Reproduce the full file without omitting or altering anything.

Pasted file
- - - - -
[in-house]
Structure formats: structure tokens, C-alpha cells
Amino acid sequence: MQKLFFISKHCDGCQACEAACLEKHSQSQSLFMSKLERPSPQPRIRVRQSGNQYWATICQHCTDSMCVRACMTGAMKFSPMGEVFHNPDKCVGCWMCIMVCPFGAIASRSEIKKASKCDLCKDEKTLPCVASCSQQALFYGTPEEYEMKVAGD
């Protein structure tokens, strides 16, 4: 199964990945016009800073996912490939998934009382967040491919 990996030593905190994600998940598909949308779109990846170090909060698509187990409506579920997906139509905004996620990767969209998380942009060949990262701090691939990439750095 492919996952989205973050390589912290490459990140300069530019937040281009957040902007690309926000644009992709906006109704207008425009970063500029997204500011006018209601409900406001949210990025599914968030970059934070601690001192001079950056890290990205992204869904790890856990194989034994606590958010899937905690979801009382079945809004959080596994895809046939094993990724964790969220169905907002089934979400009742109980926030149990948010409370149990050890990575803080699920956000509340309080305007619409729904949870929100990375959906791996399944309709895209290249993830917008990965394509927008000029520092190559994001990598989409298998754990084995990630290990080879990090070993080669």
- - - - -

[in-house]
Structure formats: structure tokens, C-alpha cells
Amino acid sequence: MQKLFFISKHCDGCQACEAACLEKHSQSQSLFMSKLERPSPQPRIRVRQSGNQYWATICQHCTDSMCVRACMTGAMKFSPMGEVFHNPDKCVGCWMCIMVCPFGAIASRSEIKKASKCDLCKDEKTLPCVASCSQQALFYGTPEEYEMKVAGD
């Protein structure tokens, strides 16, 4: 199964990945016009800073996912490939998934009382967040491919 990996030593905190994600998940598909949308779109990846170090909060698509187990409506579920997906139509905004996620990767969209998380942009060949990262701090691939990439750095 492919996952989205973050390589912290490459990140300069530019937040281009957040902007690309926000644009992709906006109704207008425009970063500029997204500011006018209601409900406001949210990025599914968030970059934070601690001192001079950056890290990205992204869904790890856990194989034994606590958010899937905690979801009382079945809004959080596994895809046939094993990724964790969220169905907002089934979400009742109980926030149990948010409370149990050890990575803080699920956000509340309080305007619409729904949870929100990375959906791996399944309709895209290249993830917008990965394509927008000029520092190559994001990598989409298998754990084995990630290990080879990090070993080669």